• The media can persuade the public that wrong eating habits are right and natural. (The National Centre for Eating Disorders Paragraph 28).
• The media can create anxieties about being deprived if people don’t have what “everyone else” is having” (The National Centre for Eating Disorders Paragraph 28).
• The media presents the public with an idealized shape which is invested with attributes of being attractive, desirable, successful, and loveable but which is unattainable without resorting to sinister or dangerous eating habits(The National Centre for Eating Disorders Paragraph 28).
• The media perpetuates the feeling in people who do not have the ideal shape that their life would be fine if they were slim(The National Centre for Eating Disorders Paragraph 28).
What can be done to address this social problem?
• Eating disorders should be advertised more often to address the issue.
• Public and Health officials should contribute more to this social issue.
• School curriculum should include knowledge about eating disorders and the causes.
• Training should be implanted on educators and health officials in early determination of eating disorders and preventions.
• Enforce anti-bullying policies in schools to prevent bullying of someone’s weight.
• Minimize media input of what an ideal body is consisted of.
• The media should use variety body shapes and sizes to advertise and promote goods and services.
Eating disorders are more common in our society than we may realize. Eating disorders takes a toll on our daily lives and relationships with others. Eating disorders are caused by mental distress and self esteem issues, that derives from the main stream media, music industry, etc. Those who are overweight tend to be mistreated and not considered to be beautiful, than those who are skinnier. The media and music industries tend to talk about how you are suppose to look on the outside, and not mentioning anything about beauty from within. What is considered beautiful? Beauty is only skin deep and it is not defined by how big or small you are. True beauty lies within and no one should be able to justify how beautiful we are by our outward appearance.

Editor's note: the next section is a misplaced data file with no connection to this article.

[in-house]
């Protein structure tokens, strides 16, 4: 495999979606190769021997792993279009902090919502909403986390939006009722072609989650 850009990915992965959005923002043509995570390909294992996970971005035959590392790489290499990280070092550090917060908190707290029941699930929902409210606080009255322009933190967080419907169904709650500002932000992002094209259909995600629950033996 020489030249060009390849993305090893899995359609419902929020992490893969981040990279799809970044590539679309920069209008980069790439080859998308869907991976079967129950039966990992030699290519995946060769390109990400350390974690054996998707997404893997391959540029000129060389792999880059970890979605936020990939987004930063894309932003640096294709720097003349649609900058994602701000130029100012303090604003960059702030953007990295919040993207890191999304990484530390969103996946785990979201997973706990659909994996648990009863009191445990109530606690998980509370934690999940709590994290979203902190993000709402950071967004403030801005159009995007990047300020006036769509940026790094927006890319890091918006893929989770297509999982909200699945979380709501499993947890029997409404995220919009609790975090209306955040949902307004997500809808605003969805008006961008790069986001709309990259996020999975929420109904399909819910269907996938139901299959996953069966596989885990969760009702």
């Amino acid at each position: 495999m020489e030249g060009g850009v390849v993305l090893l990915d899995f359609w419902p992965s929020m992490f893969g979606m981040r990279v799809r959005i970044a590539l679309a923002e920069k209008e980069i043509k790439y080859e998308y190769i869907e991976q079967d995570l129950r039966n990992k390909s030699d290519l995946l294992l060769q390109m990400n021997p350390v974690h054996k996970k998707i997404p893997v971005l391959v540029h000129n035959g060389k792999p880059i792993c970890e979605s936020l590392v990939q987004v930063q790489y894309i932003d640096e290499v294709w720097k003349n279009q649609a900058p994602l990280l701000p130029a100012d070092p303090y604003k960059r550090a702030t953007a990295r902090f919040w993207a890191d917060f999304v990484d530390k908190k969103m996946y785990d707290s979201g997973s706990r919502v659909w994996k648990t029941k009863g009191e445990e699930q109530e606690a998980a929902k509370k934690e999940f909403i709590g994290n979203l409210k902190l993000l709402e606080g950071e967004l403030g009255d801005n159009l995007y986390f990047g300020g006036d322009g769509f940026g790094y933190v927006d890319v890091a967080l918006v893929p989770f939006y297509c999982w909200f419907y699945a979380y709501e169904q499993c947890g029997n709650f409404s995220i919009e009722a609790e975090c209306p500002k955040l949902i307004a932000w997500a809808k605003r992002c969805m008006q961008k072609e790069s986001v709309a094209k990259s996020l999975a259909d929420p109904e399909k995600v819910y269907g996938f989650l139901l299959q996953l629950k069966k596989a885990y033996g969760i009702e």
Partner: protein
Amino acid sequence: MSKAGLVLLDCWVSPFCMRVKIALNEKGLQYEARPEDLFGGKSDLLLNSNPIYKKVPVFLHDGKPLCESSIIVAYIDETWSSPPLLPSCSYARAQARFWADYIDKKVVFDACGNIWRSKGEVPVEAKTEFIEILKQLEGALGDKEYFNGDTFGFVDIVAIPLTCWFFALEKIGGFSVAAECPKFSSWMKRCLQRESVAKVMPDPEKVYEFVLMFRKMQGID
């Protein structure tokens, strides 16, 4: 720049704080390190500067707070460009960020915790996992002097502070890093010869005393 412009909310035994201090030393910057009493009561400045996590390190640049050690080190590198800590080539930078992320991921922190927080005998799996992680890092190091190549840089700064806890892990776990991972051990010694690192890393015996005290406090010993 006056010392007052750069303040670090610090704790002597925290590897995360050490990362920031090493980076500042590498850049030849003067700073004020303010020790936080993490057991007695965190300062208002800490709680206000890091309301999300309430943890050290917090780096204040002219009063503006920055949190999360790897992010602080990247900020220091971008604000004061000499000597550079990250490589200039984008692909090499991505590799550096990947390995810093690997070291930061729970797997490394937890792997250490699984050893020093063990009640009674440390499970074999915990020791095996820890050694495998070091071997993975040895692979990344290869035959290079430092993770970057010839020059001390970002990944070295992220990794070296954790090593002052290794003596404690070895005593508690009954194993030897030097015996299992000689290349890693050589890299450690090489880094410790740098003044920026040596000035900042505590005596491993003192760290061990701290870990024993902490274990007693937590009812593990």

- Hoek, H. W., & van Hoeken, D. (2003). Review of the prevalence and incidence of eating
disorders. International Journal of Eating Disorders, 383-396.
- National Centre For Eating Disorders. 2012. http://eating-disorders.org.uk/information/the-
- Neumark-Sztainer D., Haines, J., Wall, M., & Eisenberg, M. Why does dieting predict
weight gain in adolescents? Findings from project EAT-II: a 5-year longitudinal study.
Journal of the American Dietetic Association, 2007,448-55.
- Penny, Laurie. "I Don't Want to Be Told I'm Pretty as I Am. I Want to Live in a World Where
That's Irrelevant." New Statesman, 03 May 2013, vol. 142, no. 5156, p. 38.
- Pritchard, Mary. "Disordered Eating in Undergraduates: Does Gender Role Orientation Influence Men and Women the Same Way?." Sex Roles, Aug. 2008 vol. 59, no. 3-4, pp. 99-102.
- Puhl, Rebecca M., et al. "Setting Policy Priorities to Address Eating Disorders and Weight
Stigma: Views from the Field of Eating Disorders and the US General Public." BMC
Public Health, June 2014, vol. 14, no. 1, pp. 1310-1328.
- Streigel-Moore R. H.,&Franko D. L. Epidemiology of binge eating disorder.
International Journal of Eating Disorders, 2003, 34.
- Wade, T. D., Keski-Rahkonen A., & Hudson J.”Epidemiology of eating disorders.” In
M. Tsuang and M. Tohen (Eds.), Textbook in Psychiatric Epidemiology (3rd ed.) 2011,
pp. 343-360. New York: Wiley.https://www.nationaleatingdisorders.org/research-males-
- Zenner, Christy and Mary Pritchard. "What College Students Know about Breast Cancer and Eating Disorders." Psi Chi Journal of Undergraduate Research, vol. 12, no. 3, Fall2007, pp. 131-134. search.ebscohost.com/login.aspx?direct=true&db=a9h&AN=27603506&site=ehost-live.
Do you believe that if the media and other sources, such as the music industry, did not exaggerate on what is beautiful and what is not,will eating disorders be prevalent in our society?
© 2017 Chernika Lipscomb